Chan Dan Ya – meaning in Mandarin ‘egg-producing cliff’ – is a 20 metres (65 feet) long and six meters (19 feet) high cliff. People of the area have observed for years as the eggs ‘incubate’ in hollow overhangs on the cliff and eventually fall to the ground. Each hollow produces one stone egg every 30 years. Local residents collect the spheres because they believe that the “eggs” would bring them good luck.
The rock formed 500 million years ago during the Cambrian period and the specific section of cliff – part of Mount Gandeng – is made of calcareous rock. Experts say the difference in time it takes for each type of rock to erode has led to the appearance of the “eggs” , which comprise heavy sediment deposits. The “eggs” are what geologists call concretions. If those concretions are harder than the rock around them (as they often are), they’ll eventually wear down the surrounding rock and break free.
Baldwin Street, in Dunedin, New Zealand is the world’s steepest residential street, according to Guinness World Records. This short straight street, a little under 350 meters (1,150 ft) long, rises from 30 m (98 ft) above sea level at its junction with North Road to 100 m (330 ft) above sea level at the top, an average slope of slightly more than 1:5. The street’s steepness was unintentional. As with many other parts of early Dunedin, and indeed New Zealand, streets were laid out in a grid pattern with no consideration for the terrain, usually by planners in London.
Batagayka crater in Siberia, known as the “gateway to hell” by locals, is almost 1 kilometer in length and 86 meters in depth. The structure is named after the near-flowing Batagayka, a right tributary of the river Yana. The land began to sink due to the thawing permafrost in the 1960s after the surrounding forest was cleared. Flooding also contributed to the enlargement of the crater. Archeologists have found ice age fossils buried in the mud around the rim of the crater. The rim is extremely unstable as there are regular landslides into the crater and the permafrost is constantly thawing. The Batagayka crater is making noises too as it consumes large chunks of the area. The crater is currently growing in size and it will likely eat through the entire hill slope before it slows down. Frank Günther of the Alfred Wegener Institute in Potsdam, Germany, showed that over the past decade crater grew by an average of 10 meters per year.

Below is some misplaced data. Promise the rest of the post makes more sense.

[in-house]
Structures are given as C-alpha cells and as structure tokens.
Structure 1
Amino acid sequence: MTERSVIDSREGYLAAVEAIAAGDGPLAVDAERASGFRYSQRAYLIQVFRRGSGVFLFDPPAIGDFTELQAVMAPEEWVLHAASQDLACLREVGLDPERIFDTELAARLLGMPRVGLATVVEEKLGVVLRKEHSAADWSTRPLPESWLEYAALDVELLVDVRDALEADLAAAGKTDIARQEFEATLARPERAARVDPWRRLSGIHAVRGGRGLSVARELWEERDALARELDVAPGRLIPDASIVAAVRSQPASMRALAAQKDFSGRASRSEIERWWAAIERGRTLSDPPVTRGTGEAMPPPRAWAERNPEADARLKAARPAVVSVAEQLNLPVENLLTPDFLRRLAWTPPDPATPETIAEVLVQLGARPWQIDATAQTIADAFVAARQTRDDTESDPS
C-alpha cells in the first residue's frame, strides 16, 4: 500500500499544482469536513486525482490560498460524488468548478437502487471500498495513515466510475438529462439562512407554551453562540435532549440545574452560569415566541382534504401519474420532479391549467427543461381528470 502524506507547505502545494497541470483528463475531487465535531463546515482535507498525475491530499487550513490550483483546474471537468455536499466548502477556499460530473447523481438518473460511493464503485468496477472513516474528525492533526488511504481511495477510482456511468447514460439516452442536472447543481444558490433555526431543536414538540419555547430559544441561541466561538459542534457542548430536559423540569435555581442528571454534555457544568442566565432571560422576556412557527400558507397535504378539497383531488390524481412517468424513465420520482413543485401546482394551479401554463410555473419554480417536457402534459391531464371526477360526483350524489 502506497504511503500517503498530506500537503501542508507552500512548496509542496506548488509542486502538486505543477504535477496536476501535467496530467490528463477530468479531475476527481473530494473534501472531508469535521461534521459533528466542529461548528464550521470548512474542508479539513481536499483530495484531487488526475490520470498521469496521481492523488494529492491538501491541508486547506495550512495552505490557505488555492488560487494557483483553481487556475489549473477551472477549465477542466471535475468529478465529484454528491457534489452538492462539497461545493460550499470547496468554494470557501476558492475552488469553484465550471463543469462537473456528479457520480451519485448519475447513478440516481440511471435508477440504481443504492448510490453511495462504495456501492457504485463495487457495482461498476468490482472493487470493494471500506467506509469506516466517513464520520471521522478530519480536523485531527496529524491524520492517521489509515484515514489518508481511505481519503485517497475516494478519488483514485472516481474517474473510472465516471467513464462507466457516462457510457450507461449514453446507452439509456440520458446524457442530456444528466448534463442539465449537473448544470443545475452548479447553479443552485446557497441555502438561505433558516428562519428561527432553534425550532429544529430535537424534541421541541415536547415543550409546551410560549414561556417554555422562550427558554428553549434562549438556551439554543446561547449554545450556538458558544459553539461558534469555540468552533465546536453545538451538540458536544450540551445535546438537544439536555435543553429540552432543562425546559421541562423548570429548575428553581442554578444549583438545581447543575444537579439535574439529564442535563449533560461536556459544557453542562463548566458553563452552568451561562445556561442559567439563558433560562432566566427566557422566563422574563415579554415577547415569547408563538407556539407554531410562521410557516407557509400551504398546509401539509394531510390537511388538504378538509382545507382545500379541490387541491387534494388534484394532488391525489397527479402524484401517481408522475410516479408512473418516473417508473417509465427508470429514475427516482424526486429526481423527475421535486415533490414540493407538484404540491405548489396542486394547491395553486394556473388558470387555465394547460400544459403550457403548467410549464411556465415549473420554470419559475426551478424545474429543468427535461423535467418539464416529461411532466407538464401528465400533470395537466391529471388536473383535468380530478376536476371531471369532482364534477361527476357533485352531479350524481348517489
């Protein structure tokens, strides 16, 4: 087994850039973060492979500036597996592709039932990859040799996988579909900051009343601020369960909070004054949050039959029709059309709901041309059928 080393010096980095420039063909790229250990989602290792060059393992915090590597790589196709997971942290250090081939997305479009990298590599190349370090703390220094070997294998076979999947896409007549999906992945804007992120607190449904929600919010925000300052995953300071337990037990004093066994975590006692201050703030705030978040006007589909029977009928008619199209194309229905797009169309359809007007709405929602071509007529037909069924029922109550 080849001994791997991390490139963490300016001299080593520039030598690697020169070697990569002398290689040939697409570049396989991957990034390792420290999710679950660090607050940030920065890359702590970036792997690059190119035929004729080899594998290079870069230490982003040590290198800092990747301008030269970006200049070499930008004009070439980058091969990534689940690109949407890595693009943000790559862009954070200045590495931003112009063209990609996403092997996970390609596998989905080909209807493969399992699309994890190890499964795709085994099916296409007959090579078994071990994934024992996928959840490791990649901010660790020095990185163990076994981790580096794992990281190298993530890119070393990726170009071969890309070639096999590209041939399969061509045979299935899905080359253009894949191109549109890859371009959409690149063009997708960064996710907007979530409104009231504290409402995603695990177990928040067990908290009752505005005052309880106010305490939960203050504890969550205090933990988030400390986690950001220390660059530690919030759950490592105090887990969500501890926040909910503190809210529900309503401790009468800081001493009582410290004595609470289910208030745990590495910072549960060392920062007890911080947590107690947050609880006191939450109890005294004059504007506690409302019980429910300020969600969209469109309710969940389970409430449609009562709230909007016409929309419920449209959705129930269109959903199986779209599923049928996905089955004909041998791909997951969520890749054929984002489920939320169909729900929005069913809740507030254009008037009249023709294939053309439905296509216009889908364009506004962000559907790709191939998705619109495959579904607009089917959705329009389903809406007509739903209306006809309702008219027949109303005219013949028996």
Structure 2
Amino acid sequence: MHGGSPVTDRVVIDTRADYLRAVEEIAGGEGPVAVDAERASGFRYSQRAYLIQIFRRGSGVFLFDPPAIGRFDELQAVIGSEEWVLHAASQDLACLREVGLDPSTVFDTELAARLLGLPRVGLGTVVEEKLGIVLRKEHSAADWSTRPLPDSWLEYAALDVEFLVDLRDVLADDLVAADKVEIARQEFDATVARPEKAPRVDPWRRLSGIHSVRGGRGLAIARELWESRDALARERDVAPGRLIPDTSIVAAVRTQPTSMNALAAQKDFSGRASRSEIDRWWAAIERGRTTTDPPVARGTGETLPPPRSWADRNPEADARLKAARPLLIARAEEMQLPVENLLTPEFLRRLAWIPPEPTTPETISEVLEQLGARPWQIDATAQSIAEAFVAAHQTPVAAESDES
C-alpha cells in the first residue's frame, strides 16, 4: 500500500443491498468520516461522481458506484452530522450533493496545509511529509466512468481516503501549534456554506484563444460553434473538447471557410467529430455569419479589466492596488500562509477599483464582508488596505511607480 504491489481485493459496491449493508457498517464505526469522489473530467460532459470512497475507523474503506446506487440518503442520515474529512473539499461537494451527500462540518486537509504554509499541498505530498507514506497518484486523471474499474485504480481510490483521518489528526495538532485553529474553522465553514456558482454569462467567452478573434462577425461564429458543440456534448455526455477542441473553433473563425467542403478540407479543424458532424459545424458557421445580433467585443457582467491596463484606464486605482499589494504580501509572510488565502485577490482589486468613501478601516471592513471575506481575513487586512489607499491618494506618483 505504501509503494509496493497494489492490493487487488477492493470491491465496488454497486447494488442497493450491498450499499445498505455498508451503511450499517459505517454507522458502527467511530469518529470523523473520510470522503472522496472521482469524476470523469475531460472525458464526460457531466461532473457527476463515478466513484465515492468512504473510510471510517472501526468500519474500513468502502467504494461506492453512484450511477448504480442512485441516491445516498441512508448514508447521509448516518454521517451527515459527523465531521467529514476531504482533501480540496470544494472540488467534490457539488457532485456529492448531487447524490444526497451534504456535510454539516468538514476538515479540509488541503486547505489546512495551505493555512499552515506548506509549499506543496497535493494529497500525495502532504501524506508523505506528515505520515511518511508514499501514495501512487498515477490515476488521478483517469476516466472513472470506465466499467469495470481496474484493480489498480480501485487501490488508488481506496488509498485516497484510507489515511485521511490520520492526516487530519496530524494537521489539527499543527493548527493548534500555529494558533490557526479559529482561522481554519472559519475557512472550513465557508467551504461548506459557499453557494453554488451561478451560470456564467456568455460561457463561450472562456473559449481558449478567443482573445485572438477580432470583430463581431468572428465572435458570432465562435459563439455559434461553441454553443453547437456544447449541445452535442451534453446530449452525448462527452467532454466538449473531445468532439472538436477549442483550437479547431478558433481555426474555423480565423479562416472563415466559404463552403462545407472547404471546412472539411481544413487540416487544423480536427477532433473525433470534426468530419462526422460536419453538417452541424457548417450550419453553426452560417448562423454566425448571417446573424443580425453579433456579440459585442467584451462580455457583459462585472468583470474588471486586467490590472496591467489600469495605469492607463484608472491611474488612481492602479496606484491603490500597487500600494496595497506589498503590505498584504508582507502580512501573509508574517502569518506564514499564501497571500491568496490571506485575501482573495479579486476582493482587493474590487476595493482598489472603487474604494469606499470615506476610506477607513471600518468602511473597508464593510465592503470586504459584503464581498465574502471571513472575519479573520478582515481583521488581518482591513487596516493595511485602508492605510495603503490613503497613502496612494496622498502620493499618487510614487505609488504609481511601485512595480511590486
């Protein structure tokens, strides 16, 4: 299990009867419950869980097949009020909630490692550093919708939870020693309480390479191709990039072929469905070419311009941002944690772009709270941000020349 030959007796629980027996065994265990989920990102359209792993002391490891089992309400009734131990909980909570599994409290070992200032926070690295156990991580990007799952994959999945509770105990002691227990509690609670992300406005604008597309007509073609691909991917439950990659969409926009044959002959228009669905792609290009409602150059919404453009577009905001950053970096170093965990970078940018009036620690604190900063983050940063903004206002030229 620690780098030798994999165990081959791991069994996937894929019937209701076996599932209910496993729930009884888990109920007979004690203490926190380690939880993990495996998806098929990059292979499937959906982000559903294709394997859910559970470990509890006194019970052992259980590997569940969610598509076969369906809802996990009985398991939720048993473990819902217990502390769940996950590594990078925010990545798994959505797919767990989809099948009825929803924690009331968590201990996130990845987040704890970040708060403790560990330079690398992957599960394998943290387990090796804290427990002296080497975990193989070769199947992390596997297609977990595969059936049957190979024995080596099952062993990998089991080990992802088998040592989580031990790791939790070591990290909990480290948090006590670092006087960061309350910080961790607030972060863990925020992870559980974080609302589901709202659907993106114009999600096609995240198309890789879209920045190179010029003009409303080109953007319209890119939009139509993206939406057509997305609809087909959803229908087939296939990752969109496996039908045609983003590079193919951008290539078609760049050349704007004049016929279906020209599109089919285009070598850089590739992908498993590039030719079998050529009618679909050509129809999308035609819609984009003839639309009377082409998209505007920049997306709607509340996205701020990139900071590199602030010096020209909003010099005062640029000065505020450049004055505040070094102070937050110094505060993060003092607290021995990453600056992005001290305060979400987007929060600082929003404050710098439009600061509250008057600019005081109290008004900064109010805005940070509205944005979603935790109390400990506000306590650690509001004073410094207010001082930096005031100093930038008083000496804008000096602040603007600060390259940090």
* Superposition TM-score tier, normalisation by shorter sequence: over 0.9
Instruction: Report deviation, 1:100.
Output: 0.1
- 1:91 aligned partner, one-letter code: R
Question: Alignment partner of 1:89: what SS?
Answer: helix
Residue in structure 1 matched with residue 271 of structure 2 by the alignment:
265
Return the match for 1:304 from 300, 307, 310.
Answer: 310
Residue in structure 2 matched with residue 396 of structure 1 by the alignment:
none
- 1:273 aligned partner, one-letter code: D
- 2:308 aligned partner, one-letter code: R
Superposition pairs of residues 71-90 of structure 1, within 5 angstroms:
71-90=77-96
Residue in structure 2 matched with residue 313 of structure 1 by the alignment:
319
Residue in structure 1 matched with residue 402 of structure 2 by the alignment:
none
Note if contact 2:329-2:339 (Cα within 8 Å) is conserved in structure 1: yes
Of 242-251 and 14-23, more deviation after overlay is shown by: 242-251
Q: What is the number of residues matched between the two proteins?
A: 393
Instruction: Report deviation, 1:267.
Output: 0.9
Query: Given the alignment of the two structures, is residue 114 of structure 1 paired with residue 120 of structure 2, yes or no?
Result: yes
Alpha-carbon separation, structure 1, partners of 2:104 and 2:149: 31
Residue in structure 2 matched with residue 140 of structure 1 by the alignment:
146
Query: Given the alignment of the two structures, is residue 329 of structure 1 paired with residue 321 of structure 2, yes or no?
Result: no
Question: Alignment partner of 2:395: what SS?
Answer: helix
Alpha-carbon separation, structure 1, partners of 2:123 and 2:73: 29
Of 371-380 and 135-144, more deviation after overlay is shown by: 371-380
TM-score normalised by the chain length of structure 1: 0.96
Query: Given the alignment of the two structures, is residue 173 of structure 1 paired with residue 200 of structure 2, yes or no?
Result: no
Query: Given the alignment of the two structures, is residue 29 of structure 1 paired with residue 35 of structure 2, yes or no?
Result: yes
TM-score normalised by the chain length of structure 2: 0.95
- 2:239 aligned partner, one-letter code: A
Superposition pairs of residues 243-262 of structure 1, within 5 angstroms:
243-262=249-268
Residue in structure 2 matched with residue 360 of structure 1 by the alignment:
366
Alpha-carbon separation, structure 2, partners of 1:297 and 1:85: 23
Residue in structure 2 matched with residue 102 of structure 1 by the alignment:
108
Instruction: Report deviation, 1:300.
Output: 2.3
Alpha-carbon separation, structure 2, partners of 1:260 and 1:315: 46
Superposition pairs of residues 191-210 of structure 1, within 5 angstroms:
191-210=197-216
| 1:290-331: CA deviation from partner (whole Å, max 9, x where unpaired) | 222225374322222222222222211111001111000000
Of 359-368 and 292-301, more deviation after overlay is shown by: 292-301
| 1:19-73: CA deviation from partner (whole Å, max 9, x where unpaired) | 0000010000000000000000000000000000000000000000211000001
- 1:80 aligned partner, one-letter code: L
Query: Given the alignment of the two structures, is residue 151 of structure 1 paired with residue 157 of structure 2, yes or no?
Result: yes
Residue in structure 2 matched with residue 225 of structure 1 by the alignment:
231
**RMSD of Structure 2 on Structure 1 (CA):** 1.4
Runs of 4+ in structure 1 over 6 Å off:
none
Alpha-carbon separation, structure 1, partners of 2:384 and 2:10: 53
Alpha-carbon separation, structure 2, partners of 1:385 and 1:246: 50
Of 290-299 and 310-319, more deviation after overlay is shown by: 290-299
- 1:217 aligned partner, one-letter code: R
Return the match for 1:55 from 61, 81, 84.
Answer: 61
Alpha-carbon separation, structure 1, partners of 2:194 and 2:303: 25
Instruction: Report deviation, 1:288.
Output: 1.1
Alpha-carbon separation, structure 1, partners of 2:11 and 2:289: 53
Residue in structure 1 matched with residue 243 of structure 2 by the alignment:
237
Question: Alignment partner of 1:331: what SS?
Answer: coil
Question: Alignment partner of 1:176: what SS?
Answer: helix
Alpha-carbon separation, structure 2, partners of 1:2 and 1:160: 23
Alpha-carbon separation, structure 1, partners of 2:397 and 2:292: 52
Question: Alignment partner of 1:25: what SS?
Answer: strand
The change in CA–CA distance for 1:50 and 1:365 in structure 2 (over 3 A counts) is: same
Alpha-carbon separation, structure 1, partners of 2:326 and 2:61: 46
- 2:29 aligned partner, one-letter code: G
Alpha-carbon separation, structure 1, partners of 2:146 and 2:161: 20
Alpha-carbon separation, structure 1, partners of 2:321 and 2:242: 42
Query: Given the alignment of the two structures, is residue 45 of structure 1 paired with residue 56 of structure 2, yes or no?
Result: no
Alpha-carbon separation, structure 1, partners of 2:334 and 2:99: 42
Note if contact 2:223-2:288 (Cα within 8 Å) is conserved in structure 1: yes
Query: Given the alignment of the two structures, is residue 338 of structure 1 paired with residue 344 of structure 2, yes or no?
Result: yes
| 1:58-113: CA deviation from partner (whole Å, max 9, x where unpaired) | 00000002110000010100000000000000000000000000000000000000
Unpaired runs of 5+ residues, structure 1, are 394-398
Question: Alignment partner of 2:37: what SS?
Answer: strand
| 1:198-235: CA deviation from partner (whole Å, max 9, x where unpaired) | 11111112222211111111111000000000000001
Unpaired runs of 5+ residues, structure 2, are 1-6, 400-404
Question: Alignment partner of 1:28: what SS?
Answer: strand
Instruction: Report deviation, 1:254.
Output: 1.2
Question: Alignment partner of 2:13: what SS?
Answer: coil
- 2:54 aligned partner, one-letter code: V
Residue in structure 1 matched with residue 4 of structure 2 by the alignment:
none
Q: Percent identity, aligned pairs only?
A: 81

“The ground looks like it’s breathing in this Quebec forest,” wrote user Daniel Holland on twitter. According to the Forbes report, air is involved in this illusion, as strong wind plays a role in moving the trees and the topsoil. During a storm the ground becomes saturated with water, loosening the soil’s cohesion. As strong winds move the top of the tree, the force is transferred by the stem, acting as a lever, to the roots and the ground begins to move.
The wind caused the trees to sway, roots and all. In fact, the whole floor seems to rise and fall as if the earth itself was breathing. The phenomenon works best with spruce trees with their almost disc-shaped root system growing in the uppermost layers of the soil.
Tuolumne Grove is a sequoia grove located near Crane Flat in Yosemite National Park. The grove contains about twenty-five large giant sequoia specimens. The one-tenth-mile trail includes the “Dead Giant,” the first tree to be tunneled in the park. In 1878, the huge, already dead sequoia, 30 feet in diameter at the base, hollowed out for stagecoaches and later cars to drive through on the old Big Oak Flat Road. In 1993, park officials closed off car traffic due to damage to the grove’s ecosystem.
The earth pyramids are a natural monument located in South Tyrol. The original name for these earth pyramids is Lahntürme (landslide towers). They are rather unusual formations of their kind which originate from morainic rocks of glacial origin. The columns of the pyramids may be more or less elongated, and the higher they are the thinner they get, ending usually with a stone cover. These earth pyramids are not static, they are constantly evolving, because their life cycle foresees a continuous erosion, or even a final collapse leaving room for new formations.
Oostduinkerke, on the western end of Belgium’s short coastline, is known for its shrimpers on horseback, For nearly 700 years, the shrimpers of Oostduinkerke have been training draft horses to help them pursue the local catch through the cold waters of the North Sea. Oostduinkerke is the last place on Earth to use this traditional form of fishing. Currently, just 19 fishermen continue the practice. Continue reading Shrimp fishing on horseback